• Dental Phobia Support

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Deep Cleaning Fear

A

Adam R

Junior member
Joined
Jan 31, 2018
Messages
2
Y'know I never thought I'd ever find myself in a forum like this, I've always hated the dentist yes and dreaded going just like many others.

However recently I've scheduled an appointment for a long-overdue deep cleaning to remove some tartar build up on my teeth and take care of some cavities I guess, sure, doesn't seem so bad, I've gone through both without problems in the past save for the usual discomfort.

My problem however is that it looks like the gums have receded away from one of my mid-upper teeth with something brown showing, I'm assuming it's the dentin or root or whatever, the problem doesn't stop there, whenever I drink something cold it's this sharp shooting pain enough to make me wince, same goes for sweets, surprisingly hot liquids and the like don't affect it.

My worry is that when I go for the deep cleaning I know that they have to scrape off some tartar off of that particular tooth along with a few others but if drinking cold water wasn't bad enough, if I even pick at it with a toothpick or my nail the pain turns eye-watering in severity. I know that there are some anesthetic options but I'm worried that a local anesthetic won't numb the hypersensitive tooth, or if I can even afford the local anesthetic for that matter which leaves the Nitrous Oxide option which also has me worried because although it's cheaper and apparently has pretty good pain-killing properties I've read that it's only effective for soft-tissue related procedures although my problem is the tooth itself.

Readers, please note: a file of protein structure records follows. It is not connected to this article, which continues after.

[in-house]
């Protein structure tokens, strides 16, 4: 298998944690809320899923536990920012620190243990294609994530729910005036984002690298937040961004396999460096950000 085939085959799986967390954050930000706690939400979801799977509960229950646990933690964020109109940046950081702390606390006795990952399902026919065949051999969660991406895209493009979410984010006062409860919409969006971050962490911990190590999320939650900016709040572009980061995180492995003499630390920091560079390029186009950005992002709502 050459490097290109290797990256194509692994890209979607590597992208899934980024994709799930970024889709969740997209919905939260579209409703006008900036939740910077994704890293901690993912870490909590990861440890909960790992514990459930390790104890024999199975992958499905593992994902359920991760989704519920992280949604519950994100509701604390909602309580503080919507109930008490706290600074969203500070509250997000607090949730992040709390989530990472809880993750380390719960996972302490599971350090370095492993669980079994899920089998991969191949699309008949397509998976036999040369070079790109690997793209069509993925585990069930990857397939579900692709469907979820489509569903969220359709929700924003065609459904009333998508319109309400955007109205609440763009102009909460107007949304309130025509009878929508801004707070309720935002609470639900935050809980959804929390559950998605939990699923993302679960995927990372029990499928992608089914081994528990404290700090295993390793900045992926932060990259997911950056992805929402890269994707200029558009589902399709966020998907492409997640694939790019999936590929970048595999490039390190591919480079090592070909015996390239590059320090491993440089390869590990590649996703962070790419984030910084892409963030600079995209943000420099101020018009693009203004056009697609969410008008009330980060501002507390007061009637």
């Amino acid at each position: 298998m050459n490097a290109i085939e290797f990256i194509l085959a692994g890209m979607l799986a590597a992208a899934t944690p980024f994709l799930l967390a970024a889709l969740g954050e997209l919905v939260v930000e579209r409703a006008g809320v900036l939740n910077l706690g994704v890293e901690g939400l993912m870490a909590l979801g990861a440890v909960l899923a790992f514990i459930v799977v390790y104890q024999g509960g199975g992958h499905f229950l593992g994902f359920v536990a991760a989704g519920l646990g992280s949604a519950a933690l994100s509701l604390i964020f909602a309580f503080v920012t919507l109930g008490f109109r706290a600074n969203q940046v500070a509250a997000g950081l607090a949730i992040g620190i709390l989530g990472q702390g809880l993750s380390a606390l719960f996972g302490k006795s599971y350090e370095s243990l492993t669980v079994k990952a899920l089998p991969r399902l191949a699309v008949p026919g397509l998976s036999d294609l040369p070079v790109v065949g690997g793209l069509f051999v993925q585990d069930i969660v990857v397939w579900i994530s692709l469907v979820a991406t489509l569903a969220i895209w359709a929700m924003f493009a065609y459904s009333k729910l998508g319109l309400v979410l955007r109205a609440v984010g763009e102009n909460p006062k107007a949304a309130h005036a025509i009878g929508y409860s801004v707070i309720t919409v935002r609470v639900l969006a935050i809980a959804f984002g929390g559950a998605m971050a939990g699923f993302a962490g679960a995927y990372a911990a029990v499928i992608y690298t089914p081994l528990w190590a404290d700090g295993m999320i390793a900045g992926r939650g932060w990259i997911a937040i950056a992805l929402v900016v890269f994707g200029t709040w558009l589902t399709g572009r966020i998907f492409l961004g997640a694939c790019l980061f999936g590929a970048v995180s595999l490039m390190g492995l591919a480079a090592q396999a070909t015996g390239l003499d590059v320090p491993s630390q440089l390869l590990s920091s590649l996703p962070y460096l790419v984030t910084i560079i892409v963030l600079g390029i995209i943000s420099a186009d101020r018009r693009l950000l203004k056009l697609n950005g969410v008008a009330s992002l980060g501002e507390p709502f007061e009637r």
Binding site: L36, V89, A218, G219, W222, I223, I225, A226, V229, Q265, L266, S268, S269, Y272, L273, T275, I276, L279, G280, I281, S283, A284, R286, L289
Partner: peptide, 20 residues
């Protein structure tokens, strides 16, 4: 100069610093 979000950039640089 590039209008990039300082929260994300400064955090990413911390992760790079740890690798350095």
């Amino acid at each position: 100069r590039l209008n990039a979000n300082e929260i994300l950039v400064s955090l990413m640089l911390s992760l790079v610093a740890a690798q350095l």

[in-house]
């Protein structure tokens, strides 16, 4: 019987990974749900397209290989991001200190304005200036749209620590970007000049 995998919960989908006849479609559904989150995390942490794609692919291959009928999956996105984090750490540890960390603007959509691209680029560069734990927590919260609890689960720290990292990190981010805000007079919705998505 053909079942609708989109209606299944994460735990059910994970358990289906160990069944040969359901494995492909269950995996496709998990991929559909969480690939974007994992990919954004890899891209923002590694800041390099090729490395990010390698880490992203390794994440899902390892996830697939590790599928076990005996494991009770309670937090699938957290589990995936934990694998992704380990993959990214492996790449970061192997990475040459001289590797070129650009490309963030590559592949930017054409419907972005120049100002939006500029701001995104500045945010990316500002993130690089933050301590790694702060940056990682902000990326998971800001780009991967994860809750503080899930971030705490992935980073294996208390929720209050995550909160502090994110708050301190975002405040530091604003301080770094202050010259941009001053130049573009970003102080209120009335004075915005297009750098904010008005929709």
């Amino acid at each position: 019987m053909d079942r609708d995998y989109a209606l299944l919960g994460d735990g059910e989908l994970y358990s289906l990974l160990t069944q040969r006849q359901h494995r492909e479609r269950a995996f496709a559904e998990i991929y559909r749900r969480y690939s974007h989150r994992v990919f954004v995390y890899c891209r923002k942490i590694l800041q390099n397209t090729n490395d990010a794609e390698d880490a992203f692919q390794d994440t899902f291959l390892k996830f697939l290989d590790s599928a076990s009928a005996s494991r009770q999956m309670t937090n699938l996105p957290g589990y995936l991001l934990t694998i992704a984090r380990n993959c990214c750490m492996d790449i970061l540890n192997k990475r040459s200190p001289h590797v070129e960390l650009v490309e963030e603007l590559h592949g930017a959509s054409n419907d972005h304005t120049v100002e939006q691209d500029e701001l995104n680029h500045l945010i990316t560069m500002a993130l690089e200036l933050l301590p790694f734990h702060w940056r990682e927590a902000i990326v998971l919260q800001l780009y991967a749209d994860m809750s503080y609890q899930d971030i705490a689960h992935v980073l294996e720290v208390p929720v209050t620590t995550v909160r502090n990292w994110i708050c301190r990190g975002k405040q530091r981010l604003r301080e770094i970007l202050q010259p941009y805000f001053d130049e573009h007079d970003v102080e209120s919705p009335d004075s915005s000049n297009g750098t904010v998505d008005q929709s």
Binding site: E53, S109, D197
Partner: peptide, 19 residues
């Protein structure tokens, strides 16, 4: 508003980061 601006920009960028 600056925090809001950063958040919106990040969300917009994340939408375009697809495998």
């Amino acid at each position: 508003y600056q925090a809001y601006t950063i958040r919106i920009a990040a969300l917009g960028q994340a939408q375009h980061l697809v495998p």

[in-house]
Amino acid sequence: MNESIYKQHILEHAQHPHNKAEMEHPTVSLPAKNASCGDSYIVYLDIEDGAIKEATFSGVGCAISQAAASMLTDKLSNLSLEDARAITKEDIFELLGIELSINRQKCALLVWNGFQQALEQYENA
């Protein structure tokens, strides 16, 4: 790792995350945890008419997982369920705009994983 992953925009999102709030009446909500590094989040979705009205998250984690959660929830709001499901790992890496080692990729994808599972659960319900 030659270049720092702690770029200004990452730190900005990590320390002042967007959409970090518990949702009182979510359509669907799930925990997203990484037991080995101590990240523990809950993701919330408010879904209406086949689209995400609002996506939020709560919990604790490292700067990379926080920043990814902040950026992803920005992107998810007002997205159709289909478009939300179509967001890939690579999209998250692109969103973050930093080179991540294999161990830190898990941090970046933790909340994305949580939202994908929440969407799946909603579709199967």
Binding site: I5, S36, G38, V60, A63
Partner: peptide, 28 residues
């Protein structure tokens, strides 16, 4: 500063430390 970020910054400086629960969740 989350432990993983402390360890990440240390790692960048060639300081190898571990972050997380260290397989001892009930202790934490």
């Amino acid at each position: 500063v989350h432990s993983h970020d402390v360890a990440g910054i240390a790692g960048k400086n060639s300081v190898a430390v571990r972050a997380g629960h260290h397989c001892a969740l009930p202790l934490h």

Hi Adam,

You stated many concerns let's attend them one by one:
I'm worried that a local anesthetic won't numb the hypersensitive tooth
I can guaranty you the local anaesthetic will make sure you feel no sensitivity from that tooth.

which leaves the Nitrous Oxide option which also has me worried because although it's cheaper
I don't believe it is true. Local anaesthetic by definition is easier and cheaper that laughing gas.

and apparently has pretty good pain-killing properties I've read that it's only effective for soft-tissue related procedures although my problem is the tooth itself.
Laughing gas has no analgesic/numbing effect, not on the soft tissue neither the hard one. It simply helps the patient to cope with the anxiety, giving an euphoric feeling, but nothing more.
 

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